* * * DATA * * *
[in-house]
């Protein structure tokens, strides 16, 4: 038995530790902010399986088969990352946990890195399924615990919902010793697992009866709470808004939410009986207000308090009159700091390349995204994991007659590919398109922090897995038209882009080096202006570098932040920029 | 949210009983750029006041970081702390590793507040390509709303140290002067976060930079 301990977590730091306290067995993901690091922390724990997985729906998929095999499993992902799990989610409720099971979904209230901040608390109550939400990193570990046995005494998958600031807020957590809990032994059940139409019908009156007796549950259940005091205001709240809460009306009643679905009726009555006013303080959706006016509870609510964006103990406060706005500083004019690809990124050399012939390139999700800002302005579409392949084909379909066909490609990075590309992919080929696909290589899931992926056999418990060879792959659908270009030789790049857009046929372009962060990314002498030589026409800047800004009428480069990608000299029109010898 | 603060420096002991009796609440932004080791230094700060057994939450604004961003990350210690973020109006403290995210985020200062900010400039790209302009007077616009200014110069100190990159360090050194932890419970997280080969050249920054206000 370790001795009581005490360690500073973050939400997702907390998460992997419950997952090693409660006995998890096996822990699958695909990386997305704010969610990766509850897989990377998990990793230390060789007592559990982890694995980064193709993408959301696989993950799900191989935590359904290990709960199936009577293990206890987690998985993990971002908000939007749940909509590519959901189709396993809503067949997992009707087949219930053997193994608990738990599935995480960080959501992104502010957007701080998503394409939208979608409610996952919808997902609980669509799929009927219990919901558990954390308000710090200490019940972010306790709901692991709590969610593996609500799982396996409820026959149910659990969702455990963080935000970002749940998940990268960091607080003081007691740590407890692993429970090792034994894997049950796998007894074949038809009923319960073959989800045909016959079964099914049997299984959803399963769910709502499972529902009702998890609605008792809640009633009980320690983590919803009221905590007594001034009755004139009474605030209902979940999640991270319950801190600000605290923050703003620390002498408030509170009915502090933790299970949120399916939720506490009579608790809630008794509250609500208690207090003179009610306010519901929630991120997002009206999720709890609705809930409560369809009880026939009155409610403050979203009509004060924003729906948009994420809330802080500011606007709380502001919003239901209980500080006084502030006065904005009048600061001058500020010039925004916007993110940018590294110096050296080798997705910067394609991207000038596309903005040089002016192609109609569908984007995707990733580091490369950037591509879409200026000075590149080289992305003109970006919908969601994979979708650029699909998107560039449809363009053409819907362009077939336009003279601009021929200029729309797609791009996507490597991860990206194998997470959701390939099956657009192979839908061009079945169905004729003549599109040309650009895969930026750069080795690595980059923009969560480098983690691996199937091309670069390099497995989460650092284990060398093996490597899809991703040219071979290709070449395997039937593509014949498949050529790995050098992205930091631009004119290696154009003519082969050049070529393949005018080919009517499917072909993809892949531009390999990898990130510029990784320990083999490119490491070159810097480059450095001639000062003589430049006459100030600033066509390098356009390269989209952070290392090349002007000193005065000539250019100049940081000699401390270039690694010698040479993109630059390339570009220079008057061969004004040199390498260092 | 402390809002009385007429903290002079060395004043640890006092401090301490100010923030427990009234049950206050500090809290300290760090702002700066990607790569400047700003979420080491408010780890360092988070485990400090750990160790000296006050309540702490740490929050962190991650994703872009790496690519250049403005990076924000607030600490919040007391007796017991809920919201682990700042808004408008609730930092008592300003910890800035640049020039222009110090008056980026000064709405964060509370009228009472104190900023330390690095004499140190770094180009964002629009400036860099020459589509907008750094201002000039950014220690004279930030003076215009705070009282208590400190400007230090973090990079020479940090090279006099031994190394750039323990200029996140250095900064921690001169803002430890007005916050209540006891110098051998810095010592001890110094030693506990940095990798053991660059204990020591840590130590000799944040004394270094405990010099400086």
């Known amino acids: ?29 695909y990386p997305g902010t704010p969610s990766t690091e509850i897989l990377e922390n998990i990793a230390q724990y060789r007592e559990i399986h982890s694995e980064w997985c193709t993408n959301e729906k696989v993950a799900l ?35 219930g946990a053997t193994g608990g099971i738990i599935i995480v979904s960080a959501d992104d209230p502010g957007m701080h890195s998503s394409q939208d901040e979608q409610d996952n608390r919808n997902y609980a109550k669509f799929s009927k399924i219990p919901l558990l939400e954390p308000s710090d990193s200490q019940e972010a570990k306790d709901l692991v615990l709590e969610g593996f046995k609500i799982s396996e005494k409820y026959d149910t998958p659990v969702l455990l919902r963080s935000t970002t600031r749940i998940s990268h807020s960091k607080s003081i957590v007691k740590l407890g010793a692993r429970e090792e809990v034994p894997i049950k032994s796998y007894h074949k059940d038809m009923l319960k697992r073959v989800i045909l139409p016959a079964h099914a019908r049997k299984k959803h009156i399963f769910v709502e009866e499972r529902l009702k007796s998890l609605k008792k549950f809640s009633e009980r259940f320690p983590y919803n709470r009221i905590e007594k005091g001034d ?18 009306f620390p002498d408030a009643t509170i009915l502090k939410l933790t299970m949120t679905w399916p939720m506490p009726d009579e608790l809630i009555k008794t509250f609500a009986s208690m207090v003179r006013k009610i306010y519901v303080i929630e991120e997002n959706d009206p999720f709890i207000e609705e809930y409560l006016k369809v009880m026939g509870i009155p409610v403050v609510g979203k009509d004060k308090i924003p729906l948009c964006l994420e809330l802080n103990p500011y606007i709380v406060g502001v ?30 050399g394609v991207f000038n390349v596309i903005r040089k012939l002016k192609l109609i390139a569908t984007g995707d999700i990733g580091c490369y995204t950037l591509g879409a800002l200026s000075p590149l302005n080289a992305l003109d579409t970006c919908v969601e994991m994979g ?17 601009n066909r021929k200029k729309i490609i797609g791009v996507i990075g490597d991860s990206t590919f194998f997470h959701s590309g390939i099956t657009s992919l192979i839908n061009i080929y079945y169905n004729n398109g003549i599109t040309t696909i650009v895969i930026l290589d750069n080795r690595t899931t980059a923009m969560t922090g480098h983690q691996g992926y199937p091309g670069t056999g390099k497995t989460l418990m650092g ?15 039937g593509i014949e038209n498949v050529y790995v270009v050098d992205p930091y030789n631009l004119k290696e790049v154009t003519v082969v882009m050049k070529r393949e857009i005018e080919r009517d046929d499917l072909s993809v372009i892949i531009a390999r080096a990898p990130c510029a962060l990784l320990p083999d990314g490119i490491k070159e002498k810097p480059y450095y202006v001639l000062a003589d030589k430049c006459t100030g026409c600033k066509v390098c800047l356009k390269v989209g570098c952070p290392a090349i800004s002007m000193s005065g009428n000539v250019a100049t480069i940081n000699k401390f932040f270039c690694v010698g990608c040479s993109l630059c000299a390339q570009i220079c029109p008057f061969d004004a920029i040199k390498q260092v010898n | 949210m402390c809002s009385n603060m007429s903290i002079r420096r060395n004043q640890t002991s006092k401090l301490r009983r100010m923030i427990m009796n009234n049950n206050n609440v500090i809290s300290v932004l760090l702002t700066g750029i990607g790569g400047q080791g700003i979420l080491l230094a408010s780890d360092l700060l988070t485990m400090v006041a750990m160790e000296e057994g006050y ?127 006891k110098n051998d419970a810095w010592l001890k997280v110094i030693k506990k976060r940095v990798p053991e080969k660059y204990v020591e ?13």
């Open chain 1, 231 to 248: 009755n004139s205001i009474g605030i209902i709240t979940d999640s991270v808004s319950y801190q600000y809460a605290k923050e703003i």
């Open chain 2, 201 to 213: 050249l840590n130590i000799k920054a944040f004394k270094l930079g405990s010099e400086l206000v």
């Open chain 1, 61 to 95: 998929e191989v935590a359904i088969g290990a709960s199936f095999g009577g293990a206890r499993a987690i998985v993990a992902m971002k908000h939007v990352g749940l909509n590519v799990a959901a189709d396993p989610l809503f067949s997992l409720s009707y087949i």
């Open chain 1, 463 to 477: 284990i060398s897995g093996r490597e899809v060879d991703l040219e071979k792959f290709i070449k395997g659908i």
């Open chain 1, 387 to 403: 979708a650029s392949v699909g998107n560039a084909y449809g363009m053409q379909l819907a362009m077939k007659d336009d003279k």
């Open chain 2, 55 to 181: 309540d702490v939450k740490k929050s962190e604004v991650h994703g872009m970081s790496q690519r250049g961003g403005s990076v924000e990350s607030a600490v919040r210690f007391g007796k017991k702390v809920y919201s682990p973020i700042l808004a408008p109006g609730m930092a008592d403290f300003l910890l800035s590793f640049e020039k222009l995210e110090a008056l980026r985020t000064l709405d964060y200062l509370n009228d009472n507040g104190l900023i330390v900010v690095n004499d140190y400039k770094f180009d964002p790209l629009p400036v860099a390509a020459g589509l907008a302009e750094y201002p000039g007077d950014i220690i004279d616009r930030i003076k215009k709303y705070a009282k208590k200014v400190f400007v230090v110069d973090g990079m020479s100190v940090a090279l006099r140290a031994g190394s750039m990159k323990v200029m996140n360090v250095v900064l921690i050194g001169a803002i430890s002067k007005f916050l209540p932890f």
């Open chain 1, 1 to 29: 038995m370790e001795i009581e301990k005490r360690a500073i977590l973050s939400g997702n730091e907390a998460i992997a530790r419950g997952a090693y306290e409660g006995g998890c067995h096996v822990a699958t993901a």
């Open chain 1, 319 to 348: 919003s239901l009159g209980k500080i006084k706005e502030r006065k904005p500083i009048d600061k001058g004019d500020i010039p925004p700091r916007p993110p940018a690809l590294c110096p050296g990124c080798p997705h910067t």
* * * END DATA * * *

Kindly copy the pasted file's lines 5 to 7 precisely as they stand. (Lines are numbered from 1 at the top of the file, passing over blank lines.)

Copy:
């Open chain 2, 201 to 213: 050249l840590n130590i000799k920054a944040f004394k270094l930079g405990s010099e400086l206000v």
């Open chain 1, 61 to 95: 998929e191989v935590a359904i088969g290990a709960s199936f095999g009577g293990a206890r499993a987690i998985v993990a992902m971002k908000h939007v990352g749940l909509n590519v799990a959901a189709d396993p989610l809503f067949s997992l409720s009707y087949i």
């Open chain 1, 463 to 477: 284990i060398s897995g093996r490597e899809v060879d991703l040219e071979k792959f290709i070449k395997g659908i």